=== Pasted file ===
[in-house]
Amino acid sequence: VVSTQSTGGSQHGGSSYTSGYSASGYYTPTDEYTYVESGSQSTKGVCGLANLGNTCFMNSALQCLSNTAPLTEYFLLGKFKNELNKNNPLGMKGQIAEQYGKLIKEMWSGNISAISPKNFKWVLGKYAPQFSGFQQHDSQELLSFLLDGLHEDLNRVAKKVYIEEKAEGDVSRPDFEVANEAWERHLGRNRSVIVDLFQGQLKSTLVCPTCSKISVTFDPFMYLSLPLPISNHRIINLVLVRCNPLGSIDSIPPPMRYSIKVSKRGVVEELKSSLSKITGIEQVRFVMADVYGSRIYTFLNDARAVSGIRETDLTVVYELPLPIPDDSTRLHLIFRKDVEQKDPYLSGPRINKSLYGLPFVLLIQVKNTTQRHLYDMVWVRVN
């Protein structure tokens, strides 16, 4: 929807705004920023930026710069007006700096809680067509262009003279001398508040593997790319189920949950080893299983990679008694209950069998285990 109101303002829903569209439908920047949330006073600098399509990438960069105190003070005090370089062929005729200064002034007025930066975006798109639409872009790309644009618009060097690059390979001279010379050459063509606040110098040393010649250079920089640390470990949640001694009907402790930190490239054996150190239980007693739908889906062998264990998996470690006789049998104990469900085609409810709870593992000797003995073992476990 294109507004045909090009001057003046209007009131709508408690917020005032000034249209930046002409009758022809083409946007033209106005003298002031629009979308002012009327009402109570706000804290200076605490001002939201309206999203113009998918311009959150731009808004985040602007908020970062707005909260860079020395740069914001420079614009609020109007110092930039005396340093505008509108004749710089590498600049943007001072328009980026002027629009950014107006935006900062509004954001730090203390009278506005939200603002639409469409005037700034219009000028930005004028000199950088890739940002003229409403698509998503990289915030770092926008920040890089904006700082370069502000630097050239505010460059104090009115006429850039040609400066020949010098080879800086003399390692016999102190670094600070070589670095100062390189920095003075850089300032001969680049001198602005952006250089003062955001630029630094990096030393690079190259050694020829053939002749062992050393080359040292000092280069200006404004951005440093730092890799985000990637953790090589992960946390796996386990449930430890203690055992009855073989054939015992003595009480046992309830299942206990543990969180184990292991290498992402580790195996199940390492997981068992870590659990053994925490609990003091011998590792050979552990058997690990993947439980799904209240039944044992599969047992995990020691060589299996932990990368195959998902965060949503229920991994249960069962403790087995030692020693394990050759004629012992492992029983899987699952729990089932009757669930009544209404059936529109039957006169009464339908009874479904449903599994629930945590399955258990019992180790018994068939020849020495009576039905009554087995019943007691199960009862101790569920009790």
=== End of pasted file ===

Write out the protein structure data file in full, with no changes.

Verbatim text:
[in-house]
Amino acid sequence: VVSTQSTGGSQHGGSSYTSGYSASGYYTPTDEYTYVESGSQSTKGVCGLANLGNTCFMNSALQCLSNTAPLTEYFLLGKFKNELNKNNPLGMKGQIAEQYGKLIKEMWSGNISAISPKNFKWVLGKYAPQFSGFQQHDSQELLSFLLDGLHEDLNRVAKKVYIEEKAEGDVSRPDFEVANEAWERHLGRNRSVIVDLFQGQLKSTLVCPTCSKISVTFDPFMYLSLPLPISNHRIINLVLVRCNPLGSIDSIPPPMRYSIKVSKRGVVEELKSSLSKITGIEQVRFVMADVYGSRIYTFLNDARAVSGIRETDLTVVYELPLPIPDDSTRLHLIFRKDVEQKDPYLSGPRINKSLYGLPFVLLIQVKNTTQRHLYDMVWVRVN
């Protein structure tokens, strides 16, 4: 929807705004920023930026710069007006700096809680067509262009003279001398508040593997790319189920949950080893299983990679008694209950069998285990 109101303002829903569209439908920047949330006073600098399509990438960069105190003070005090370089062929005729200064002034007025930066975006798109639409872009790309644009618009060097690059390979001279010379050459063509606040110098040393010649250079920089640390470990949640001694009907402790930190490239054996150190239980007693739908889906062998264990998996470690006789049998104990469900085609409810709870593992000797003995073992476990 294109507004045909090009001057003046209007009131709508408690917020005032000034249209930046002409009758022809083409946007033209106005003298002031629009979308002012009327009402109570706000804290200076605490001002939201309206999203113009998918311009959150731009808004985040602007908020970062707005909260860079020395740069914001420079614009609020109007110092930039005396340093505008509108004749710089590498600049943007001072328009980026002027629009950014107006935006900062509004954001730090203390009278506005939200603002639409469409005037700034219009000028930005004028000199950088890739940002003229409403698509998503990289915030770092926008920040890089904006700082370069502000630097050239505010460059104090009115006429850039040609400066020949010098080879800086003399390692016999102190670094600070070589670095100062390189920095003075850089300032001969680049001198602005952006250089003062955001630029630094990096030393690079190259050694020829053939002749062992050393080359040292000092280069200006404004951005440093730092890799985000990637953790090589992960946390796996386990449930430890203690055992009855073989054939015992003595009480046992309830299942206990543990969180184990292991290498992402580790195996199940390492997981068992870590659990053994925490609990003091011998590792050979552990058997690990993947439980799904209240039944044992599969047992995990020691060589299996932990990368195959998902965060949503229920991994249960069962403790087995030692020693394990050759004629012992492992029983899987699952729990089932009757669930009544209404059936529109039957006169009464339908009874479904449903599994629930945590399955258990019992180790018994068939020849020495009576039905009554087995019943007691199960009862101790569920009790």